Cyber threat hunting works by integrating the human aspect with a software solution’s massive data processing capability. Human threat hunters rely on data from complex security monitoring and analytics tools to help them proactively identify and neutralize threats.
Threat Hunting Tools
Hunters build their hunts on data from Managed detection, and response (MDR), SIEM, and security analytics technologies. Other tools, such as packer analyzers, can also carry out network-based hunts. However, integrating SIEM and MDR solutions necessitates the integration of all critical sources and tools in an environment. This connection ensures that IoA and IoC clues give enough hunting guidance.
Benefits of Cyber Security Hunting
- Cyber threat hunting has numerous advantages, including early detection of attacks, decreased false positives, and faster incident reaction times. Cyber threat hunting can also assist firms in better understanding their attack surface and identifying security holes.
- One of the most important advantages of cyber threat hunting is the early discovery of threats. Organizations can discover attacks before they cause significant damage by proactively searching for evidence of malicious activity. This enables organizations to take measures to mitigate the attack and reduce its damage.
- Another significant advantage of cyber threat hunting is the reduction of false positives. Traditional security technologies, such as Intrusion Detection Systems (IDS), are prone to false positives. IDSs produce many warnings, the majority of which are false alarms. This can overburden security teams, causing them to miss legitimate threats.
- Organizations can also benefit from cyber threat hunting by better understanding their attack surface. Organizations can limit their exposure to possible threats by detecting gaps in their security posture. This can assist enterprises in improving their entire security posture and protecting their assets.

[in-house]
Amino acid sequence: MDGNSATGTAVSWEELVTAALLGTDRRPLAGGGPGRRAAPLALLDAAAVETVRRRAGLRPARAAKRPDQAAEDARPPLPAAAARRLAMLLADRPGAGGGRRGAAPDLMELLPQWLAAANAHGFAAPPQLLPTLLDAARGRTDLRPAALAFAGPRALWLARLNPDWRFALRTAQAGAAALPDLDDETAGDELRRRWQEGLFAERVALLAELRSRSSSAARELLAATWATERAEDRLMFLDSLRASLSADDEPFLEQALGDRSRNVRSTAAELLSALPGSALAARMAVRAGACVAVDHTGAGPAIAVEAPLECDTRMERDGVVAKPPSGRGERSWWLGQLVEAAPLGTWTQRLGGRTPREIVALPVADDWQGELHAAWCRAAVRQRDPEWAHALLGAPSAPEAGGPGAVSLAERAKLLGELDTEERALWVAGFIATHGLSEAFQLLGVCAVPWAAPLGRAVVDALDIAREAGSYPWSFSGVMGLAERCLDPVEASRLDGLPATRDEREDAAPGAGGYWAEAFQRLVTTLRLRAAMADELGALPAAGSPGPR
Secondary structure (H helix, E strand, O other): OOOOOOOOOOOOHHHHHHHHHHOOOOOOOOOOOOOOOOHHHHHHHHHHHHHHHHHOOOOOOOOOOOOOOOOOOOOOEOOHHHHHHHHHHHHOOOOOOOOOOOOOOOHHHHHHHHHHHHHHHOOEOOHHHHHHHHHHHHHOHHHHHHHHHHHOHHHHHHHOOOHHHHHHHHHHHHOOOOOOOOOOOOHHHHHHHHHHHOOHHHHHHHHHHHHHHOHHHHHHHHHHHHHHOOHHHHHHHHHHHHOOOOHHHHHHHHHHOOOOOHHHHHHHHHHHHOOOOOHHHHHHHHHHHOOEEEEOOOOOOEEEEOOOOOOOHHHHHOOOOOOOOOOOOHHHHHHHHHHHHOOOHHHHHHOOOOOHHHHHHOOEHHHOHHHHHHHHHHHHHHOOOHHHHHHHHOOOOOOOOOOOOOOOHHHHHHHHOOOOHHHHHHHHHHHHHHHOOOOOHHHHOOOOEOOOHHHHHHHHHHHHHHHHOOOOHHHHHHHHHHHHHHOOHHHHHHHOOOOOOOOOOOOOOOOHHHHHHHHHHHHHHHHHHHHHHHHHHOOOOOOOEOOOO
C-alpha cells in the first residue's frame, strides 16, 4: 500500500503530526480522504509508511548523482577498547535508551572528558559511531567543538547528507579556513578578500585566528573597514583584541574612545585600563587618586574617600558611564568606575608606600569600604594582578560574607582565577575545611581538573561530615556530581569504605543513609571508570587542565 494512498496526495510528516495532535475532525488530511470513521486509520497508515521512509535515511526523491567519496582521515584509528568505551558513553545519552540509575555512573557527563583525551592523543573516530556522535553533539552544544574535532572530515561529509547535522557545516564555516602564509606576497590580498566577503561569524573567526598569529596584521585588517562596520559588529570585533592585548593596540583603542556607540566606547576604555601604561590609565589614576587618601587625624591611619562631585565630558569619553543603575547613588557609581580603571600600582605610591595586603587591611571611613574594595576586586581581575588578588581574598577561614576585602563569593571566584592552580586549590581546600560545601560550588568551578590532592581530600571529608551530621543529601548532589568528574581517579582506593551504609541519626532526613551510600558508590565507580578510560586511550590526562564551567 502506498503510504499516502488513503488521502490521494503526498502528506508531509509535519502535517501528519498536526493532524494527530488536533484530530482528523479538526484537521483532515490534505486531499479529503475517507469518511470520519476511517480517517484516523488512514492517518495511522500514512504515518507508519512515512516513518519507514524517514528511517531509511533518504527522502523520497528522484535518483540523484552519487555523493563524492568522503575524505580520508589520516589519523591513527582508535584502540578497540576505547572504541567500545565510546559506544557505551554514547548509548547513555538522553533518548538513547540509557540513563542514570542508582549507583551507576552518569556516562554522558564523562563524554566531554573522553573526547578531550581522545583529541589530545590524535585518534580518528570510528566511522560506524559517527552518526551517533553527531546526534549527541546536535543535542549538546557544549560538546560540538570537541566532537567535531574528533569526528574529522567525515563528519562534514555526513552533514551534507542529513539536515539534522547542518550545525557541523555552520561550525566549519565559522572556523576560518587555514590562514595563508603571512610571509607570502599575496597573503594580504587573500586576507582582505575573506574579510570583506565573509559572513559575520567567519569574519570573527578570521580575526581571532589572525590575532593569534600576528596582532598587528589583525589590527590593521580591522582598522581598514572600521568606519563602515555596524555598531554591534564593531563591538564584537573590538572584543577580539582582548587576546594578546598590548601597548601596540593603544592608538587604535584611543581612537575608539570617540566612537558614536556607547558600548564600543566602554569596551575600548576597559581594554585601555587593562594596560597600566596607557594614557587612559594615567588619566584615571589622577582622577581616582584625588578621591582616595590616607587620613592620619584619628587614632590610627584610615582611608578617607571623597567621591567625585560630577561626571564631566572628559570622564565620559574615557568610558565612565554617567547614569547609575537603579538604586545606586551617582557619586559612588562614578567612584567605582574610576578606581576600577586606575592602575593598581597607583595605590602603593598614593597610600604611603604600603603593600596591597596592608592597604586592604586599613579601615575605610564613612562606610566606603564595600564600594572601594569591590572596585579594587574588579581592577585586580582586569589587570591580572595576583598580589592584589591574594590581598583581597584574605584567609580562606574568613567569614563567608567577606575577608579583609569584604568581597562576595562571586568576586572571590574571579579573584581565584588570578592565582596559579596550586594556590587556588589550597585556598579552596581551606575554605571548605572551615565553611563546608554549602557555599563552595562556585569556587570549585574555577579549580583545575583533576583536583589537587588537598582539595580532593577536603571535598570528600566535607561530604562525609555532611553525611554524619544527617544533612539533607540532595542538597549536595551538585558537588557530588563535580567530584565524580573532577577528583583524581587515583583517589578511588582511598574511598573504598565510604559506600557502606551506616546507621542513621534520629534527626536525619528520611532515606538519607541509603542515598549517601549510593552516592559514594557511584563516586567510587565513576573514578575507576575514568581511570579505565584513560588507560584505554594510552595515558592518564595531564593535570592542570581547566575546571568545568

Challenges of Cyber Security Hunting
As the world of Cybersecurity becomes more complex, so do the issues that threat hunters face. The following are a few of the difficulties that threat hunters may face:
Ensuring Complete Coverage
Threat hunters must have insight into all aspects of the organization’s environment to be effective. This cannot be easy, especially in large firms with numerous networks and systems.
Keeping up with the Latest Threats
The cyber threat landscape is continuously evolving, and to be effective, threat hunters must be able to keep up with the latest threats. This can be difficult because new dangers emerge regularly.
Staying Ahead of the Attackers
Threat hunters must constantly innovate and create new ways to detect and respond to threats to stay ahead of the attackers. This can be difficult because attackers’ strategies are always developing.
Collaboration with Other Teams
To be effective, threat-hunting teams must collaborate with other teams inside the organization, such as the SOC and incident response team. This cannot be easy because it necessitates coordination and communication between multiple teams.
Threat hunters must be able to convey their findings clearly and effectively. This cannot be easy because clear writing and presenting abilities are required.
Cyber threat hunting is the proactive search for cyber threats or harmful activity indicators. It can supplement standard security measures like intrusion detection and prevention systems.
When done correctly, threat hunting can assist businesses in identifying and responding to attacks more rapidly. It can also provide useful intelligence about an organization’s opponents.
Threat hunting necessitates a major time and financial investment, but it can be a vital complement to a company’s security operation.